Kaieteur News – A minority is holding this country to ransom. The unvaccinated are jeopardising the health and well-being of vaccinated citizens.
The unvaccinated represent a minority. So far, some 318,569 persons have received first doses of the vaccine. Some of these may be children – the Ministry of Health continues with its confounded, confused and cryptic manner of presenting data.
However, 318,569 persons represent more than 40 percent of the country’s population. If you add to this, the under-18 population, which amounts to approximately 280,000 persons, the approximate vaccine resistors, at best, constitute 20 percent of the population.
This 20 percent must not jeopardise the health of the rest of the population. If they do not wish to be vaccinated, then they should comply with the regulations concerning being tested. A nation cannot be held to ransom by a minority.
This minority has been claiming a right not to be vaccinated. The Court will soon pronounce on whether such a right exists. No one, however, has yet come forward and pointed out such a right.
Another of the criticisms of the COVID-19 regulations is that the regulations are draconian, that is, the measures are too harsh. Those making this contention should explain how it is that they were not vocal about this when the APNU+AFC published far more stringent measures under the same regulations.
In April 2020, when the pandemic was in its early stages, the APNU+AFC instituted some of the draconian public health measures known to the Commonwealth Caribbean. The measures limited persons to their homes and yards except for essential workers and persons seeking essential services during non-curfew hours. The curfew was from 6:00pm to 6:00am. There were no cries then about rights.
Except for funerals and weddings, all religious places of worship were required to remain closed. Where was the chorus, which is now protesting about their rights?
Public transport vehicles were required to operate at half-load. Where were the protests then about rights?
The airports were closed except for outgoing and emergency flights. Where were the protests then about government clamping citizens’ rights to free movement?
On April 29, the government took possession of private property in order to establish what it called a sanatorium. No one protested the deprivation of private property.
Among the draconian measures published on March 16, 2020, the Minister of Health was authorised to restrain, segregate and isolate persons suffering from the COVID-19 disease. No one protested about violations of his or her human rights.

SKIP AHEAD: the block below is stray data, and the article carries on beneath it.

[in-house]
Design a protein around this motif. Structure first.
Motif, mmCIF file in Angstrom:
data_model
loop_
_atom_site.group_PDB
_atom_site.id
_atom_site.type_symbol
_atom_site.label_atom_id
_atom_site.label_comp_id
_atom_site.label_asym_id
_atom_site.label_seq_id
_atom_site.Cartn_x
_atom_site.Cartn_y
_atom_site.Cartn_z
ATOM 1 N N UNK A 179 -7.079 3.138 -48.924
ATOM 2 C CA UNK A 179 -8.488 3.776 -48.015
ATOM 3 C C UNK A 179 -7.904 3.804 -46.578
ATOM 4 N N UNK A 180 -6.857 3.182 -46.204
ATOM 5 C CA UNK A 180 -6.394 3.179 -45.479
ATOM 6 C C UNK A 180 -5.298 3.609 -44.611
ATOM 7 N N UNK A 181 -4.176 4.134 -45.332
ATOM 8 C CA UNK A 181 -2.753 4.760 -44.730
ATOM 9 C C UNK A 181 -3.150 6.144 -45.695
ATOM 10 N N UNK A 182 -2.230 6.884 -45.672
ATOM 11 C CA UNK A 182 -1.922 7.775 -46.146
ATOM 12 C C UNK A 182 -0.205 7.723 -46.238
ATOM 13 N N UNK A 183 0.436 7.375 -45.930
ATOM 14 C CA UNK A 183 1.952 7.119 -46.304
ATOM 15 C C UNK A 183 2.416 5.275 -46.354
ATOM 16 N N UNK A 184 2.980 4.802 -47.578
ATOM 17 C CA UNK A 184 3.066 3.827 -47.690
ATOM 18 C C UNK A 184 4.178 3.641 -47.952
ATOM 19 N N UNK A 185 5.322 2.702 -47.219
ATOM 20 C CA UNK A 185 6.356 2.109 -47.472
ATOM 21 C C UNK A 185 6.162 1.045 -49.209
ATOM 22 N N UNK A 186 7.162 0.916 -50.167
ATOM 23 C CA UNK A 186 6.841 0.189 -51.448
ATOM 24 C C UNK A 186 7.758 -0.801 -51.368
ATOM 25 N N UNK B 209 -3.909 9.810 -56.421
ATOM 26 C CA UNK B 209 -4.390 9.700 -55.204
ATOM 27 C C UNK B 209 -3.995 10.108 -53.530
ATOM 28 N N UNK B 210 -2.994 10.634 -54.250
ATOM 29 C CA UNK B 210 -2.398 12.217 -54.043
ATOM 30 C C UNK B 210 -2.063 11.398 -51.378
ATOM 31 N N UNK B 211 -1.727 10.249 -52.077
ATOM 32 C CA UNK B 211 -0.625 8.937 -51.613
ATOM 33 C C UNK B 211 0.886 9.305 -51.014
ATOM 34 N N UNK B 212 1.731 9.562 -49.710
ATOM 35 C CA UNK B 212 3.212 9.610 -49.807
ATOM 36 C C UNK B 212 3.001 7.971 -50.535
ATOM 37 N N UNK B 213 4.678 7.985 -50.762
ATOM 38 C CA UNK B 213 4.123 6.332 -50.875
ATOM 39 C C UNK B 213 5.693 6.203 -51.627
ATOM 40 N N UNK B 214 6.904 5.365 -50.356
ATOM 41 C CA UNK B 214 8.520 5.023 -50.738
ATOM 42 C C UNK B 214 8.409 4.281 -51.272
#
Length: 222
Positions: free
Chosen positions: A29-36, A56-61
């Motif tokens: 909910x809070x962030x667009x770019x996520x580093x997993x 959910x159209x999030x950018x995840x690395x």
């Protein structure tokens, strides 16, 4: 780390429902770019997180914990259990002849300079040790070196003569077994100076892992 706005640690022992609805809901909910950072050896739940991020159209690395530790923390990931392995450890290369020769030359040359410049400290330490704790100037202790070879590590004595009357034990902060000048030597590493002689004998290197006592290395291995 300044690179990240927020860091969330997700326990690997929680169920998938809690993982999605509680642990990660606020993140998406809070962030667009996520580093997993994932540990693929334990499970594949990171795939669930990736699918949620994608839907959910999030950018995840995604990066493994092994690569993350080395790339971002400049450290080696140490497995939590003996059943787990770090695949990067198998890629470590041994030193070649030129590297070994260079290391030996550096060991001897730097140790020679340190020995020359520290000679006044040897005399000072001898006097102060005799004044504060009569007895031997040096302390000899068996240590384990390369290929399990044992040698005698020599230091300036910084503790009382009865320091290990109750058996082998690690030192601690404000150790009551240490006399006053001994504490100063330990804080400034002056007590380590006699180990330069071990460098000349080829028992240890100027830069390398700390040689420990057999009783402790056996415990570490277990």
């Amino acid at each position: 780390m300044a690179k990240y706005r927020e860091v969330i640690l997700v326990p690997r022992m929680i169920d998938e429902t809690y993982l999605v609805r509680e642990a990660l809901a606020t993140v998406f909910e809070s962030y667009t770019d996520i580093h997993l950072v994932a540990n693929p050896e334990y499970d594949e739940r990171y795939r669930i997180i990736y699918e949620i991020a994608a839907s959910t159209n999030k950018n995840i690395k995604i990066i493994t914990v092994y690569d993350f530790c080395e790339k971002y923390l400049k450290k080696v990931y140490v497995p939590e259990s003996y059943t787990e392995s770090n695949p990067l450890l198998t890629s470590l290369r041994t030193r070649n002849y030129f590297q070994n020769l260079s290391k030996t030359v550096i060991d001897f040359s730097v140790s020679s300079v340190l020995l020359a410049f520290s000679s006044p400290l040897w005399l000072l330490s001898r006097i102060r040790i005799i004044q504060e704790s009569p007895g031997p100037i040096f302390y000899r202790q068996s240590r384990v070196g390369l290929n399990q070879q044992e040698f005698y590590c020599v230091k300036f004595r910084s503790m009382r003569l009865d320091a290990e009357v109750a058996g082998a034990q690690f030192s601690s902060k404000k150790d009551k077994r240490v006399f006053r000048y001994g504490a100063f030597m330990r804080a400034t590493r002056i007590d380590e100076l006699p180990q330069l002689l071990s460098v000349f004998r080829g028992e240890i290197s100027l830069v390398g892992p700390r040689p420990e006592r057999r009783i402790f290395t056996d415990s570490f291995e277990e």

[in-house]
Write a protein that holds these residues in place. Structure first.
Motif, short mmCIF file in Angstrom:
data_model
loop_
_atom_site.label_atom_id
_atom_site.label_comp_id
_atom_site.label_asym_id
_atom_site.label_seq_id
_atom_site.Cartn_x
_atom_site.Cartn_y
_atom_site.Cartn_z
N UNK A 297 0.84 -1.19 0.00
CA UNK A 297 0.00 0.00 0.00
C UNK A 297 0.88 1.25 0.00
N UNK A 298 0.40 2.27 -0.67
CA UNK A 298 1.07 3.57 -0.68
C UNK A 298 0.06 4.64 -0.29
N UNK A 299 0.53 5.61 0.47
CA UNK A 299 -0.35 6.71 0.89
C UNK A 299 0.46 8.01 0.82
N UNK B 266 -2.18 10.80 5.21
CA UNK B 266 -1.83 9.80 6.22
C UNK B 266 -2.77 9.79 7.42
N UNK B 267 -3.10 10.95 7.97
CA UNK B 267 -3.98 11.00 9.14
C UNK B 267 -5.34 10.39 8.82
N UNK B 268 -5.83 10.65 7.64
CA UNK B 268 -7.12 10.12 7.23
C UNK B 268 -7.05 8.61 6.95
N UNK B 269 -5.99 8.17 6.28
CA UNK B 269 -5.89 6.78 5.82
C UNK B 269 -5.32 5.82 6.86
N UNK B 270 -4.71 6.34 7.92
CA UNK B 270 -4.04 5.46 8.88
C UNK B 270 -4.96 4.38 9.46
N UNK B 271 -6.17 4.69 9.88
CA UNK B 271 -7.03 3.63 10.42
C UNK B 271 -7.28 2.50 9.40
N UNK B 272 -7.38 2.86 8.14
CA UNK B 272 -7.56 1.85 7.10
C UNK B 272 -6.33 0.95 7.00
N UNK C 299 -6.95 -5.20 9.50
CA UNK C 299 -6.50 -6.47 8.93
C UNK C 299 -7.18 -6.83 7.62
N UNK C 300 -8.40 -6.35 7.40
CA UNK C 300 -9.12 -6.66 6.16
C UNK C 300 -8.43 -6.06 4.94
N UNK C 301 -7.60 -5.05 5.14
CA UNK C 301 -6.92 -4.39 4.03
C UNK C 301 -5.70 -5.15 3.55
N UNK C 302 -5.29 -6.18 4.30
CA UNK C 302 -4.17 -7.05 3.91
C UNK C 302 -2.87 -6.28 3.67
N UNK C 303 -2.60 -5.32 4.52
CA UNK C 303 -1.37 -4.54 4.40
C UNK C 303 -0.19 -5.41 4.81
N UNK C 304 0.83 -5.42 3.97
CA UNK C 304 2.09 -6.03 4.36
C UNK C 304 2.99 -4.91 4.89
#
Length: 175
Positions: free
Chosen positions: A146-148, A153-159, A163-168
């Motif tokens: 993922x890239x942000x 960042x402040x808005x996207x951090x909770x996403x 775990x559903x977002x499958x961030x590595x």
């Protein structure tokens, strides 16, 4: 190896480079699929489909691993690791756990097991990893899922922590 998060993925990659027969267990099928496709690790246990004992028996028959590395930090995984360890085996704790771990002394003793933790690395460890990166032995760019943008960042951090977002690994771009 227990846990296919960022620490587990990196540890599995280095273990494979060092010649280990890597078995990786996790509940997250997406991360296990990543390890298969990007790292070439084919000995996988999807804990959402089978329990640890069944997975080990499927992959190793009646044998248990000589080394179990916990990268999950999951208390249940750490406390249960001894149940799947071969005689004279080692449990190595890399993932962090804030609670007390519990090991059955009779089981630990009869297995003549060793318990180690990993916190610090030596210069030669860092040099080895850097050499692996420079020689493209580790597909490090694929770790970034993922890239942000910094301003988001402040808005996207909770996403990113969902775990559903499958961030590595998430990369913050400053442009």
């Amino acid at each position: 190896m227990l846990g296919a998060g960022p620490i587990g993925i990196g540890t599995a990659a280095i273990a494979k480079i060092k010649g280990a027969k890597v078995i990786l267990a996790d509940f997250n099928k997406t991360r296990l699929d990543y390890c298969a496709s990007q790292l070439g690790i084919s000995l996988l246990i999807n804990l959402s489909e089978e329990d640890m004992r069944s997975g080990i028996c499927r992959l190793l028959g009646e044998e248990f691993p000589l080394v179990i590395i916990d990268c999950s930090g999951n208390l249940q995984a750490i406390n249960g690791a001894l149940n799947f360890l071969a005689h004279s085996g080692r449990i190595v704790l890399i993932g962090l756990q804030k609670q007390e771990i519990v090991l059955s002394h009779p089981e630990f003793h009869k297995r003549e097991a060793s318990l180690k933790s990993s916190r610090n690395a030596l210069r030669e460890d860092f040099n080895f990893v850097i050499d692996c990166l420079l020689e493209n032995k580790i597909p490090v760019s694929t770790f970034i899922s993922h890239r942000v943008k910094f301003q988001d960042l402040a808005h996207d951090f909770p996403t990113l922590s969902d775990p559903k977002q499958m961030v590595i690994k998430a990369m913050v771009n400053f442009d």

The same Regulations allowed the authorities to destroy the personal effects, goods and buildings, which were believed to be exposed to infections. No one questioned whether this was a case of overkill.
The measures allowed for the restriction of movement of persons and public and private conveyances within and to and from the infected area. This was Medieval Age legislation and no one protested as is being done now.
And guess how many confirmed cases Guyana had at the time. Only five! Yet the authorities were then prepared to take the firmest action including restricting your freedom of movement.
One woman appeared on social media in tears and on the point of an emotional breakdown. She was under institutional quarantined and she had been there with her child for more than one month. And she could not leave.
As at yesterday, Guyana had recorded more than 26,000 cases. There are presently 2,347 active cases – the highest number of active cases ever, surpassing the 2,101 recorded on May 21 this year. As at yesterday, there were 38 persons in the COVID-19 Intensive Care Unit, the highest number ever. The ICU is going to be soon overwhelmed unless there is a decline in severe cases.
It is in this dire scenario that the government has opted to impose stricter regulations in order to create a safe health environment. Yet, these new measures are attracting further claims of authoritarian conduct.
Well, there is an alternative. And that alternative would be to lockdown the most critical Regions – Regions Three and Four – which are accounting for more than 70 percent of recent confirmed cases. But such a measure will present severe hardships for poor people, especially workers who do not enjoy a fixed income.
The data is clear that unvaccinated people are more affected in terms of hospitalisation and deaths. The Minister of Health has said that almost 99 percent of those who are hospitalised are unvaccinated. In terms of ICU admissions, one source has revealed that in July 54 out of the 56 persons admitted to the ICU were unvaccinated; in August 87 of the 92 ICU patients were unvaccinated.
What more needs to be said? The vaccinated must be protected from the unvaccinated – the minority.
(The views expressed in this article are those of the author and do not necessarily reflect the opinions of this newspaper.)
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